Business moves come in all shapes and sizes. A corporate office move is different from a hospital move and both are different from an industrial relocation. Even corporate office moves can differ depending on the size and type of business being relocated. When dealing with a large office project that cannot be completed in one evening or weekend, one must take into account many variables to develop a comprehensive move-phasing plan.
Unfortunately, many businesses create their move-phase plans based solely on the construction schedule and when their new space will be finished. This sounds logical at first until you realize your facilities and support service departments won’t be completed until last. Many construction schedules, especially when dealing with high-rise facilities, target a top down approach for completion. This usually means the executive areas are completed first and the support areas are completed last.
Putting together a move phasing plan can be like putting together a complicated puzzle. What may be right and line up with the construction schedule may not line up with the business needs. Specifically, looking at the departments relocating and how the move will impact their business will help determine how the moves should be phased. This means identifying the size of each department, if they can be split up for move activities, which departments interact with each other and if they need to move together, what type of equipment do departments share with each other and does it mean that they need to move together?
The list of questions can go on and on and the answers may not always align with how your new space is being turned over to you. It’s a good practice to begin thinking about your move phases in conjunction with construction phases to make sure everything is factored into the plans. Simply making the IT closets and data room a priority may not be enough to accommodate the overall business needs.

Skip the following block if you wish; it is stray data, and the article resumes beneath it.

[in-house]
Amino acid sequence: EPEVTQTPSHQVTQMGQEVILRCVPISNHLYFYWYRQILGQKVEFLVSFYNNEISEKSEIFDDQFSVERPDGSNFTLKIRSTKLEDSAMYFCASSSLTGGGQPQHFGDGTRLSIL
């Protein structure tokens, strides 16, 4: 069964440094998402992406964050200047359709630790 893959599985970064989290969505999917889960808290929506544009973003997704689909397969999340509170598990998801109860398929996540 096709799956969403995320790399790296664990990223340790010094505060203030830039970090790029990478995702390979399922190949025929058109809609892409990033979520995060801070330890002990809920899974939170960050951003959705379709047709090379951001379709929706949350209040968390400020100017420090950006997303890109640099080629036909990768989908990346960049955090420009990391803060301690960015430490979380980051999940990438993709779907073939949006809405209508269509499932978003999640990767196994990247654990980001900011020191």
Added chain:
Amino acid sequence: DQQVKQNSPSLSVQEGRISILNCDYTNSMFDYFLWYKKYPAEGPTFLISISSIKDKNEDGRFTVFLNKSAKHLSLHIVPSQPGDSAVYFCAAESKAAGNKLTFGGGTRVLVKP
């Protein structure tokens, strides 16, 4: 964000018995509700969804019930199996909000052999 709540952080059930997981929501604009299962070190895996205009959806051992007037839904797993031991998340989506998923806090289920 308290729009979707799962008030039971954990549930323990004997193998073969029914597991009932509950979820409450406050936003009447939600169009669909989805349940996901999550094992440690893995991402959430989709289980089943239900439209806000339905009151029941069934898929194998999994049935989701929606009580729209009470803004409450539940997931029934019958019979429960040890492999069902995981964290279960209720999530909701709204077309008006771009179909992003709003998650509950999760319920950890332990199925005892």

We previously discussed approximately how many moves can take place over a move weekend. Other factors that need to be considered when developing a move-phase plan include the number of origin and destination buildings, lease end dates at origin buildings, special use space required for occupants and input from the various support providers such as IT and facilities. They are typically supporting multiple buildings during a phased move approach, so it is important to make sure that the phasing lines up with their support capacities.
If you think about your move and relocation planning early enough in the design and construction process, you can accommodate your businesses needs in line with your move plan. The last thing that you want are completed floors sitting empty because you’re not ready to move executives without having support teams in place.
This downloadable Relocation 101 infographic is available for more information on the move process.
Matthew Dennis is the COO and co-founder of 300 Decisions, a strategic, full-service relocation management company specializing in helping organizations transition into new work environments without disrupting business operations.